NexRad Puts Terry’s Fork on the (Wx)Map

Sitting up on a TEE, ready for a giant 7-iron

I was living alone on Walnut Knob, MP 152, off the Blue Ridge Parkway, in 1997. On an afternoon walk to a high point above the cabin, I spotted a white object on the horizon far to the north. That afternoon, I brought back my binoculars to figure out what it was. It looked to the naked eye to be a perfectly round sphere, up above the treeline–like a golf ball sitting on a 50 foot tee.

It was the NexRAD tower that, although we didn’t know it then, marked the vicinity where we would someday (since 1999) live, in the northeast corner of Floyd County, and the only such tower in the entire western part of Virginia. We live a few miles east of it, and some 600 feet below the ridge on which it sits, just off Coles Knob and Stonewall Road.

Here’s the Wundergound page that offers data from that tower–including a 24 hour loop of radar, which will come in handy after an overnight snow storm, to see how it tracked when planning the day’s travels while it is still dark, windy and cold. I can hardly wait.

The other thing this giant golf ball brings us is fighter jets. Daily. Usually in twos and threes. And flying at treetop level. They sight on this tower as part of a regular mission over southwest Virginia, where the sparse population I suppose reduces complaints of the dishes rattling on the wall.Enhanced by Zemanta

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Fred First holds masters degrees in Vertebrate Zoology and physical therapy, and has been a biology teacher and physical therapist by profession. He moved to southwest Virginia in 1975 and to Floyd County in 1997. He maintains a daily photo-blog, broadcasts essays on the Roanoke NPR station, and contributes regular columns for the Floyd Press and Roanoke's Star Sentinel. His two non-fiction books, Slow Road Home and his recent What We Hold in Our Hands, celebrate the riches that we possess in our families and communities, our natural bounty, social capital and Appalachian cultures old and new. He has served on the Jacksonville Center Board of Directors and is newly active in the Sustain Floyd organization. He lives in northeastern Floyd County on the headwaters of the Roanoke River.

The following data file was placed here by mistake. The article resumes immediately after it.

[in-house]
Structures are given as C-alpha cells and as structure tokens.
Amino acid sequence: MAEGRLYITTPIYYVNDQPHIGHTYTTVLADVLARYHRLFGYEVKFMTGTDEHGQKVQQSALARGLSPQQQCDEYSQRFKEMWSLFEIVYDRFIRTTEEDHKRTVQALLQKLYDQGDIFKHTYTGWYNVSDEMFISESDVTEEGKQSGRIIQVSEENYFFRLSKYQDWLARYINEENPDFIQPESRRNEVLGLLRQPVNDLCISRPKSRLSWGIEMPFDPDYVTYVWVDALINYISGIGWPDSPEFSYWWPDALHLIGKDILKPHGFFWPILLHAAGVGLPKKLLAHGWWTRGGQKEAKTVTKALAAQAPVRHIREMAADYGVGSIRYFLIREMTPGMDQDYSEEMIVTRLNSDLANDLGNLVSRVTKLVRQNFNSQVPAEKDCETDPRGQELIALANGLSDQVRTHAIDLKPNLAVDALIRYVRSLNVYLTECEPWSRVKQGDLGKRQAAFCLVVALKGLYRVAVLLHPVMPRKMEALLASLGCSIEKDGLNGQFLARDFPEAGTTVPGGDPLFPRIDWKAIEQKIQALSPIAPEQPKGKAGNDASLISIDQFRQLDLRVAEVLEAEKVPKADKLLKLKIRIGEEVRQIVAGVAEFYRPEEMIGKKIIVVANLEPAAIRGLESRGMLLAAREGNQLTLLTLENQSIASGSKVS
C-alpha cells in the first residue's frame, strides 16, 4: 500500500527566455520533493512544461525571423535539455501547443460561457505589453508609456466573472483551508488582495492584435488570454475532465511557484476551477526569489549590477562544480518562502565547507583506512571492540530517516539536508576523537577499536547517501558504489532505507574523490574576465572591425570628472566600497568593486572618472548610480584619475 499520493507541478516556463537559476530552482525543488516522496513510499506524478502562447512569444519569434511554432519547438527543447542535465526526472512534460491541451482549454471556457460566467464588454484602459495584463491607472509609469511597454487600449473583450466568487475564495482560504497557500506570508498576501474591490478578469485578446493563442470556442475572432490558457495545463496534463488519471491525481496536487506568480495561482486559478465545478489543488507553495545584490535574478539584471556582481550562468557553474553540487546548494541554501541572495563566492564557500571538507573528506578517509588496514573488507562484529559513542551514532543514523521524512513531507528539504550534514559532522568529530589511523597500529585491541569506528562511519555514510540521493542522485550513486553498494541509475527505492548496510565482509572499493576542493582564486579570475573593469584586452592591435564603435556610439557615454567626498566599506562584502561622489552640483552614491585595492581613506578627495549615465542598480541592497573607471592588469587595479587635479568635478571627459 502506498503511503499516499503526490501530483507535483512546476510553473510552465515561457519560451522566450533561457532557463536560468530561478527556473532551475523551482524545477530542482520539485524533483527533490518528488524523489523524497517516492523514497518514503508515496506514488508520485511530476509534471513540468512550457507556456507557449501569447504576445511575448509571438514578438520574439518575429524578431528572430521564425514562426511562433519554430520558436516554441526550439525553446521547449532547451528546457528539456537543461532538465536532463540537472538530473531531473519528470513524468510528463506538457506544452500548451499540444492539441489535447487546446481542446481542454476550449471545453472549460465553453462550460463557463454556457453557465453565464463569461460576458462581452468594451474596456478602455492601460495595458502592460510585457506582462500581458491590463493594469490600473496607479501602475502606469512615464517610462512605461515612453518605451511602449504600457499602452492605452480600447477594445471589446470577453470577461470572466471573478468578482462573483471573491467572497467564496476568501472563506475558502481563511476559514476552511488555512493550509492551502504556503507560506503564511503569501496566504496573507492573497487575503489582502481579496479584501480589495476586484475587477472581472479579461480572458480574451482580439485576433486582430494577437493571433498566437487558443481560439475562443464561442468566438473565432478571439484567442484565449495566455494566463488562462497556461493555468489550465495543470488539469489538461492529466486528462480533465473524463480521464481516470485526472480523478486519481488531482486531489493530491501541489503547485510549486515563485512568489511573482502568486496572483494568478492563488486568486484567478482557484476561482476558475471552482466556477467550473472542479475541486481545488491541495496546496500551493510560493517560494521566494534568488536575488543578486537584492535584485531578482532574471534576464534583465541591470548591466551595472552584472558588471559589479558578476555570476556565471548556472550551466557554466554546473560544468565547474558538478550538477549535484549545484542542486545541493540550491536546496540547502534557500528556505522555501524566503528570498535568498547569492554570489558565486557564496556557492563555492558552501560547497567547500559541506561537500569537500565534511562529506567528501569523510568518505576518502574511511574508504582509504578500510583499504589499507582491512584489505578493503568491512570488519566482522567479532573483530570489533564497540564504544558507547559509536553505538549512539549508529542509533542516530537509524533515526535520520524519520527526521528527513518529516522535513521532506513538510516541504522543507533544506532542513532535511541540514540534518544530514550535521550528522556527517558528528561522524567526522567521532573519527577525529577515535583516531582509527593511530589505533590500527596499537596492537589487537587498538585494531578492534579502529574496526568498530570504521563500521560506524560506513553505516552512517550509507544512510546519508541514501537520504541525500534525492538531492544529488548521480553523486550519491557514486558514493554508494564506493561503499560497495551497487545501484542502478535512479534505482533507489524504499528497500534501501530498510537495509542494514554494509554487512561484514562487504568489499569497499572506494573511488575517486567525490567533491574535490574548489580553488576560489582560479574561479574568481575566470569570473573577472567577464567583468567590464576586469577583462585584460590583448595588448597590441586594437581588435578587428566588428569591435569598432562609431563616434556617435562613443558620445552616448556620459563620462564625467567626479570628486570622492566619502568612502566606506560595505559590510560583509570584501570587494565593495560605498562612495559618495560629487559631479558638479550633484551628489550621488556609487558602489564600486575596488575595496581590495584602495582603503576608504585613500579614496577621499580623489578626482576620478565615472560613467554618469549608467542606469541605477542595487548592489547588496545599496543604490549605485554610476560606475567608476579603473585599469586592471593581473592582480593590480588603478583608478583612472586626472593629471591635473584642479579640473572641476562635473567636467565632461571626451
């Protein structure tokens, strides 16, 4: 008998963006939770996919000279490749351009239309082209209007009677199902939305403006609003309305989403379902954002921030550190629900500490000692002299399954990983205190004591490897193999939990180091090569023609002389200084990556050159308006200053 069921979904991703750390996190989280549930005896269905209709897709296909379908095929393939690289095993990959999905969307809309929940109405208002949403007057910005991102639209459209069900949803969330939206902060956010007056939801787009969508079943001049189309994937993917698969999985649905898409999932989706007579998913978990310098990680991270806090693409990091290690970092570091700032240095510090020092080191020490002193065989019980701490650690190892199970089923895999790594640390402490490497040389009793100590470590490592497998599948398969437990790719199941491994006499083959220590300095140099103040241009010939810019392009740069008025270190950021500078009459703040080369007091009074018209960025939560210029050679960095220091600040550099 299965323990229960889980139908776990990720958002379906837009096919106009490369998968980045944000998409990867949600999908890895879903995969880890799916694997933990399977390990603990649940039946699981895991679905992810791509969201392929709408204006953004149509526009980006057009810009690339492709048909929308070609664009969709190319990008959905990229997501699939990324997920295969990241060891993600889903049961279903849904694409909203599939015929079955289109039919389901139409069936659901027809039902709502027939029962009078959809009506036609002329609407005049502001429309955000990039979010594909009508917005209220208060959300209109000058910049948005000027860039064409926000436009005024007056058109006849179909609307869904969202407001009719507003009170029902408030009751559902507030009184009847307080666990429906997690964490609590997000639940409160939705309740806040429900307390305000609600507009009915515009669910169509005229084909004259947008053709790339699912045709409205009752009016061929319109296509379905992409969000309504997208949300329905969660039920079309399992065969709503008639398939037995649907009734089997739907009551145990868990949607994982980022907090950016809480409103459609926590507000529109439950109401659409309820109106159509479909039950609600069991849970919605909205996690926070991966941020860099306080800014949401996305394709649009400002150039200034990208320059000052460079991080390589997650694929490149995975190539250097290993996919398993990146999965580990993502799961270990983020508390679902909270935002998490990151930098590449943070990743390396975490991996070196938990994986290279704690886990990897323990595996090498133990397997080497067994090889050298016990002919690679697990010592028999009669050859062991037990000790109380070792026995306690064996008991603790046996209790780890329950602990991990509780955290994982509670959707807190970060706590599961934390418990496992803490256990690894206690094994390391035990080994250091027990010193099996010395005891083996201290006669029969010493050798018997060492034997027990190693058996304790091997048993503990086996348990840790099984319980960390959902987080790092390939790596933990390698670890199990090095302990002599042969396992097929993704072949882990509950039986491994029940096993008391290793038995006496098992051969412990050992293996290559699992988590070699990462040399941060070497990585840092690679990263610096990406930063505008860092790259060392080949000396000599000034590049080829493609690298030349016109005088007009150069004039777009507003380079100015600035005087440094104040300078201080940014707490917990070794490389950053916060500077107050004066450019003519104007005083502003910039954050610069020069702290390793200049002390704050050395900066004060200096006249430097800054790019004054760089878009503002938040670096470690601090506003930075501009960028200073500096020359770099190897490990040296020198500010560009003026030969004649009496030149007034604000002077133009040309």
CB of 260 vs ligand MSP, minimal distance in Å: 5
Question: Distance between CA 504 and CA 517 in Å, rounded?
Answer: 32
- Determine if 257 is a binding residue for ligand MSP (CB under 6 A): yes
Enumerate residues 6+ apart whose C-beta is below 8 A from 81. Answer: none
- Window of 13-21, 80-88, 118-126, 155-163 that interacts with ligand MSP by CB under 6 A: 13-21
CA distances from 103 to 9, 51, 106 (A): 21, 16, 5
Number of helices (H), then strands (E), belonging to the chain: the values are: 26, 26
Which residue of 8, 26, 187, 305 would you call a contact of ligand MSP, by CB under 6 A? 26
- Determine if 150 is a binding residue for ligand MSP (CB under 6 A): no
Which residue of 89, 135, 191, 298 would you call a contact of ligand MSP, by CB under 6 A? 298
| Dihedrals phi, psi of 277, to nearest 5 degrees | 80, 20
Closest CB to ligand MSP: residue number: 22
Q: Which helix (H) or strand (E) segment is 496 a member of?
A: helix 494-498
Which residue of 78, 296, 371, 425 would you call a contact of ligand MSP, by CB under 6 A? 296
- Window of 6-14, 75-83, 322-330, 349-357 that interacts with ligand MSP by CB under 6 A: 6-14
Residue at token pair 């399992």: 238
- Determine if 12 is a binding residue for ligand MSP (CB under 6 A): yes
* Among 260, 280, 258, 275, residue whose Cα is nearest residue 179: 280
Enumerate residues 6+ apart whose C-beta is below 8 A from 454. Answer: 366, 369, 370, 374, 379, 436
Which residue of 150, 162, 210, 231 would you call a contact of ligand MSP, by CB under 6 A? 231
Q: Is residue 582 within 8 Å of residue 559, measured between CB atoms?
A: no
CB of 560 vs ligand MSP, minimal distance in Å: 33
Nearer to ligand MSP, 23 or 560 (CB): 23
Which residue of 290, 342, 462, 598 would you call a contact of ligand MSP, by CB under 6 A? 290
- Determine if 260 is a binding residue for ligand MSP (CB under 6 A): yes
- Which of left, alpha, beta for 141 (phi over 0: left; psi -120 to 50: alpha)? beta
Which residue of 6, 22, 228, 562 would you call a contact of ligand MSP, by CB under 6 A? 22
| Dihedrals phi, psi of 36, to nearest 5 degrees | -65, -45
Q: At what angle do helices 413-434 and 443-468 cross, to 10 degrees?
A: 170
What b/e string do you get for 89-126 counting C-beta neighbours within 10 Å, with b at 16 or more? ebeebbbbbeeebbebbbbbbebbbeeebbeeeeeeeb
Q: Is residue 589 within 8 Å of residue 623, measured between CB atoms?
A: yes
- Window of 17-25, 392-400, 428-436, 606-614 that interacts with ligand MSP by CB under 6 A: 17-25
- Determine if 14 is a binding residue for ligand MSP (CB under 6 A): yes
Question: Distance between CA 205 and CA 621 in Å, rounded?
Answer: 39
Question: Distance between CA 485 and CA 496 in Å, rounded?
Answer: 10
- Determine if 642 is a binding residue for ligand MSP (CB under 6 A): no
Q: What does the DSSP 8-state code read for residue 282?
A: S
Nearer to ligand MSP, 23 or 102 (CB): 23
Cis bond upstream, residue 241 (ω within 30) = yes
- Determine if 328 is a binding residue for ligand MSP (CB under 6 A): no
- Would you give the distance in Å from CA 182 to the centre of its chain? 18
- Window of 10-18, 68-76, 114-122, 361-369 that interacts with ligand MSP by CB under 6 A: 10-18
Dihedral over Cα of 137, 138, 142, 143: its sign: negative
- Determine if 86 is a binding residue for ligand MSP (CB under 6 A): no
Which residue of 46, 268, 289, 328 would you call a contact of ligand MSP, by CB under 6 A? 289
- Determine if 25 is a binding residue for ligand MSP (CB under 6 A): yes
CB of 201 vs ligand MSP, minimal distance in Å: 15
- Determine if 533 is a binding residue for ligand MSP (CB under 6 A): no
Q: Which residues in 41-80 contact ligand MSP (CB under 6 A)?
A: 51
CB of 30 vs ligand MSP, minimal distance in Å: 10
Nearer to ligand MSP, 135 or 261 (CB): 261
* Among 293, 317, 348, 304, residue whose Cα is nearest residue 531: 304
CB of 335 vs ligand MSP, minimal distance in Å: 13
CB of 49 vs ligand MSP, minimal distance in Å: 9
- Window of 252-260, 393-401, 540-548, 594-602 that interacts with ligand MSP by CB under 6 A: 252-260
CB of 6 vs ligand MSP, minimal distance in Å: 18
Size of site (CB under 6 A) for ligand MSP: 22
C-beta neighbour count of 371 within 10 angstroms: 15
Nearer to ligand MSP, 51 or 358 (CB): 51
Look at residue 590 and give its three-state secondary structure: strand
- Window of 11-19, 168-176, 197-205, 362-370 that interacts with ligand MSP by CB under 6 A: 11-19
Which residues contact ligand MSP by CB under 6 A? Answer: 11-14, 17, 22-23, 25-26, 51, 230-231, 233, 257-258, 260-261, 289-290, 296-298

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  1. I’d tee up one of those golf balls in my back yard if I thought it would bring the jets overhead on a daily basis. I’ve often thought about moving out to Floyd just to get under the low level route. When I hear people talk about the low flyers I get all excited. Maybe you can snap a photo of this action some time? It’d help with my therapy.

  2. Con, be careful what you wish for. I live in the general area near Fred and apparently in some military air corridor. I’ve got many pics of assorted jets and helicopters ranging from the Blackhawks to the giant cargo carrying version.

    The low flying jets actually make less noise than those flying at higher altitude. I don’t hear the first one until it’s overhead and passing quickly. That’s when I grab the camera and watch for the next one before I can hear it. Some must be Top Gun cowboys as I’ve witnessed some radical flying as they clown around.

    Fred, have you had any luck locating any info regarding military flight corridors? The flights I see are between the top of Pilot Mountain and Fischer’s View. It’s always exciting while mowing the grass and wearing ear protection. Suddenly I’m wondering what’s going wrong with the mower. Feels about the same when driving in a car. I don’t know who decided the most common times are 9-10 am or 9-10 pm.

  3. We have planes flying under us at Belcher Mountain. It appears they come from Woolwine and then under Rocky Knob and down Rock Castle Gorge. Been less frequent lately. I’ve tried but never have had a camera set up perfectly since the flights are sporadic.